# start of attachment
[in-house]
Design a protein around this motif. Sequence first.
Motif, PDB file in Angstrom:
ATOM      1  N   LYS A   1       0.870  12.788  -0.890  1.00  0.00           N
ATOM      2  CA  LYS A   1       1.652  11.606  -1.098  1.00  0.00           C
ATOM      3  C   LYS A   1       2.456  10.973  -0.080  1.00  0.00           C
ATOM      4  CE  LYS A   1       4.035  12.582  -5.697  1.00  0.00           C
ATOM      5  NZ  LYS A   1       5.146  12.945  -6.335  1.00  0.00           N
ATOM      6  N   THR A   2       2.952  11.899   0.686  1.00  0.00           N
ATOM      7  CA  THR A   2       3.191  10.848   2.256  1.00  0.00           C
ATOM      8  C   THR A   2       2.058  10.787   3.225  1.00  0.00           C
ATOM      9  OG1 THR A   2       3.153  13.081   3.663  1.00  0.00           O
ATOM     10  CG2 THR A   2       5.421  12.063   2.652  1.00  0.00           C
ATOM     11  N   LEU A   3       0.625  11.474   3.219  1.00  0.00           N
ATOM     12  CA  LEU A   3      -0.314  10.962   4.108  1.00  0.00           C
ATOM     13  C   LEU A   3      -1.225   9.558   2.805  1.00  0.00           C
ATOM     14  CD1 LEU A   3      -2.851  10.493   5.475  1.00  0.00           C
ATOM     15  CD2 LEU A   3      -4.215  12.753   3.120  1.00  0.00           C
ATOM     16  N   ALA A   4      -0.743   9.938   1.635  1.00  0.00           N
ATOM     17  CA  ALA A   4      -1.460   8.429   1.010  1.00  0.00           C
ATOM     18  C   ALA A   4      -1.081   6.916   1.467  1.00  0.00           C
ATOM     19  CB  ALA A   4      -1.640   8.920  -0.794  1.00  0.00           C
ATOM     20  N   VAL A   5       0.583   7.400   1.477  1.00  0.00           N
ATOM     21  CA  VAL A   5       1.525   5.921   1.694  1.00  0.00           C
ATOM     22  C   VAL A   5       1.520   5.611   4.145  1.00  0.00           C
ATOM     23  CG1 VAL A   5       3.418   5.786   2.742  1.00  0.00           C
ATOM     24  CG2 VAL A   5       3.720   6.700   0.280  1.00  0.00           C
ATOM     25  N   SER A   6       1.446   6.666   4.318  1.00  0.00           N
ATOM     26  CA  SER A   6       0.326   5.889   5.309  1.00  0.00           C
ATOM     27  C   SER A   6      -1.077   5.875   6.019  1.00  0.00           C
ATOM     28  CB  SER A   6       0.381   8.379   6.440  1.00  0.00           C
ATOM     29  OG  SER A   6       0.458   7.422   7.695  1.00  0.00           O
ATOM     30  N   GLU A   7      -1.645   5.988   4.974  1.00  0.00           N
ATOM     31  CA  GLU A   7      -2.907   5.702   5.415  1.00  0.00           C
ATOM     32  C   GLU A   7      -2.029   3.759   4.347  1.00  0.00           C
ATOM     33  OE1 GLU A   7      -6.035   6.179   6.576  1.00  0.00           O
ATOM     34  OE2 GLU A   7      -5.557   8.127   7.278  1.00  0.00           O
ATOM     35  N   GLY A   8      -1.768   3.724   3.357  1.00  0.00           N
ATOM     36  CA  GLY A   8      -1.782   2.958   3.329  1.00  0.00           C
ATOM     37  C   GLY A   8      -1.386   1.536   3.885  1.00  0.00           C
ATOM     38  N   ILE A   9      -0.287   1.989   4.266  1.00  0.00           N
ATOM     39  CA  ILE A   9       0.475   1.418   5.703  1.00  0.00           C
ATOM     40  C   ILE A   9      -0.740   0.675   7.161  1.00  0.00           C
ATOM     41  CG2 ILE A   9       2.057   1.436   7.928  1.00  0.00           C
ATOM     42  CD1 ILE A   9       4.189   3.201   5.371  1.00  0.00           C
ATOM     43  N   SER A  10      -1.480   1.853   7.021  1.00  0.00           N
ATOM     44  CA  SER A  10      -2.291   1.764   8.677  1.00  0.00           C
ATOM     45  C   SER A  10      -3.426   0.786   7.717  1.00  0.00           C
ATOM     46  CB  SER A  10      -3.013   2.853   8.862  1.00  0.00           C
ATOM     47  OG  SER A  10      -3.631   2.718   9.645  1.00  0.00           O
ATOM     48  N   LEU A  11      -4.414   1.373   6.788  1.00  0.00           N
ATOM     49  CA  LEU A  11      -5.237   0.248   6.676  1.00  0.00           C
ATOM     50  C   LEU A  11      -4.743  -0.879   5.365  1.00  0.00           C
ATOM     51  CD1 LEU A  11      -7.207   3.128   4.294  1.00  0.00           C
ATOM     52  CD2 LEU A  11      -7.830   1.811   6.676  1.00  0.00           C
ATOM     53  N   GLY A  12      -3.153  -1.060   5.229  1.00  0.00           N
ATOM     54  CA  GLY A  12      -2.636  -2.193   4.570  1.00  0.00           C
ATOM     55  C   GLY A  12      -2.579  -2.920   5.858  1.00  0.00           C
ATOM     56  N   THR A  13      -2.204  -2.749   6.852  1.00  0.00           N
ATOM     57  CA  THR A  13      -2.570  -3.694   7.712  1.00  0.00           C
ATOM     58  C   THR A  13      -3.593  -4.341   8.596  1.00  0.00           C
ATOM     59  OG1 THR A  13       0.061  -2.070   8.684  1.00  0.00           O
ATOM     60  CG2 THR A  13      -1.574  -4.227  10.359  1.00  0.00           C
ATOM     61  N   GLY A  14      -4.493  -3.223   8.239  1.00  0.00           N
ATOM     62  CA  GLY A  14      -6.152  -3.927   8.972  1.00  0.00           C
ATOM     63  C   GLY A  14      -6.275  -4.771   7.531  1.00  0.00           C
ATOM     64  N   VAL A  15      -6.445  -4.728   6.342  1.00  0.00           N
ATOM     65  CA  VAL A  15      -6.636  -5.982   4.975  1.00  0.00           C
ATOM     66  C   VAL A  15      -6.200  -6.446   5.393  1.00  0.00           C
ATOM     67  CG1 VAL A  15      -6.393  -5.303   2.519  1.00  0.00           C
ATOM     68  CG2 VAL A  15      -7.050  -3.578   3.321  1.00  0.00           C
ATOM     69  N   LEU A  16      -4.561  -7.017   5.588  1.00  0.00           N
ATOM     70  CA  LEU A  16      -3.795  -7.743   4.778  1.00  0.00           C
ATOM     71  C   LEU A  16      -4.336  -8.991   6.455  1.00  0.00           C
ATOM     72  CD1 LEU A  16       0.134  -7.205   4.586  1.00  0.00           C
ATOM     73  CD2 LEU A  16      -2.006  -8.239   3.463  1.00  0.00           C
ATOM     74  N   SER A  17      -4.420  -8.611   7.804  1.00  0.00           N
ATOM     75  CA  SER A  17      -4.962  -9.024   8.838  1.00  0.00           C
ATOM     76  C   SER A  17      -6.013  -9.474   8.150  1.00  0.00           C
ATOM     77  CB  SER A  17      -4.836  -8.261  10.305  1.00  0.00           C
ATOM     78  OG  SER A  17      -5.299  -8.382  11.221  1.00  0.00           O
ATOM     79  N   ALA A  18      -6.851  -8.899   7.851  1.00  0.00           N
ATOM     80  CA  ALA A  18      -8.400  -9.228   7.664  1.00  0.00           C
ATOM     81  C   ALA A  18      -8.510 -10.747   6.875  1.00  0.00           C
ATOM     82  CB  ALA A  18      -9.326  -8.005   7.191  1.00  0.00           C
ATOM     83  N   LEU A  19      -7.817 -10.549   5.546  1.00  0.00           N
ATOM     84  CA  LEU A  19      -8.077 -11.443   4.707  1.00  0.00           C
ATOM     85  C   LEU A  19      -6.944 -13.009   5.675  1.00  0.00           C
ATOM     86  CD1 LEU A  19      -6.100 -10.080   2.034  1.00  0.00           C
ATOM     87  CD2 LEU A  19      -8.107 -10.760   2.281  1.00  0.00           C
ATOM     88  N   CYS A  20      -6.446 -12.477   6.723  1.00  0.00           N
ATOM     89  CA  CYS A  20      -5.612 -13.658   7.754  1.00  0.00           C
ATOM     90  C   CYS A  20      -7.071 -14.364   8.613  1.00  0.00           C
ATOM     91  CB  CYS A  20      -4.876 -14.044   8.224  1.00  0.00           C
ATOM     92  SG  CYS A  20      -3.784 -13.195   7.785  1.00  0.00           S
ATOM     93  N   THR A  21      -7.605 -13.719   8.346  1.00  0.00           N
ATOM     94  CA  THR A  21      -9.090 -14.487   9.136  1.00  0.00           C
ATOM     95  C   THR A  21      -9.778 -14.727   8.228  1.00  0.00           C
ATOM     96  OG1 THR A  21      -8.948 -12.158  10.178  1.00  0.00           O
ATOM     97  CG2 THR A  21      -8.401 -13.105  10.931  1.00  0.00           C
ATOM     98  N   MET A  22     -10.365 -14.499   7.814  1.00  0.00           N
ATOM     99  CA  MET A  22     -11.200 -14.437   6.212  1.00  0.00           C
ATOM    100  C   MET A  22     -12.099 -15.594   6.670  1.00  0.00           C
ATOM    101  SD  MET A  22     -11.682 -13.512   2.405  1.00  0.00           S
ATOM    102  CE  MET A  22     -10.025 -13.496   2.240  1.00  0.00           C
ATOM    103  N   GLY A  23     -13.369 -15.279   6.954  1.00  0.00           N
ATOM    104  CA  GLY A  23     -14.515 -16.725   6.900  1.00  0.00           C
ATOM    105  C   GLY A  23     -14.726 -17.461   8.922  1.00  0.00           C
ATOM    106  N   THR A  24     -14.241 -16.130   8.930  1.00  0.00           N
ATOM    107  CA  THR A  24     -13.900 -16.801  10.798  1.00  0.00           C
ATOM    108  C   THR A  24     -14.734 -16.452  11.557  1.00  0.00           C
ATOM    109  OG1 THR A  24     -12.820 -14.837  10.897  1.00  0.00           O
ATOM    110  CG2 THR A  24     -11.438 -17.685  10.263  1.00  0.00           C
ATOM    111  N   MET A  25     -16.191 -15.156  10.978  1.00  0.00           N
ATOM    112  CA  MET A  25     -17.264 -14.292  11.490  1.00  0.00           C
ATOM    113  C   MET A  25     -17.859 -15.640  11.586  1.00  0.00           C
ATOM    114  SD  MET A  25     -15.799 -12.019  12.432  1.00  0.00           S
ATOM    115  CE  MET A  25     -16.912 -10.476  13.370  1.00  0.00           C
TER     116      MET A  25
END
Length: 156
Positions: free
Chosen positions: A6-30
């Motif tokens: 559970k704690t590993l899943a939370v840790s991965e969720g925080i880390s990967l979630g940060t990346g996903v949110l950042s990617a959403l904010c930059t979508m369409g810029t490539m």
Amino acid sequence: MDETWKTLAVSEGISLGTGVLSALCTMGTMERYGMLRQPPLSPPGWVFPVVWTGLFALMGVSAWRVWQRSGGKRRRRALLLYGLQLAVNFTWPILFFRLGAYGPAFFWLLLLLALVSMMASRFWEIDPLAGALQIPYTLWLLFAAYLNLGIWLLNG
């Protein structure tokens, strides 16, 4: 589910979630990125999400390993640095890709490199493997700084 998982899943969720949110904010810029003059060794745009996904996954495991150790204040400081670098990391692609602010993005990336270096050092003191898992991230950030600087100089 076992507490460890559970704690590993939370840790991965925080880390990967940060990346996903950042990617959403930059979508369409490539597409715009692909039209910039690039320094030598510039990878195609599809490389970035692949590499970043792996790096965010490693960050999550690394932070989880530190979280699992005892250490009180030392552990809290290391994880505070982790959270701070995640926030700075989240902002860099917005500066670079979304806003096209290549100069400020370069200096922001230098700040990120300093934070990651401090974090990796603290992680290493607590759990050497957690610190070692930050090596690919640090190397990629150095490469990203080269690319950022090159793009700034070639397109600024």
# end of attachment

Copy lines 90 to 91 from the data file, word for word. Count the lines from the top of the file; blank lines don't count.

ATOM     87  CD2 LEU A  19      -8.107 -10.760   2.281  1.00  0.00           C
ATOM     88  N   CYS A  20      -6.446 -12.477   6.723  1.00  0.00           N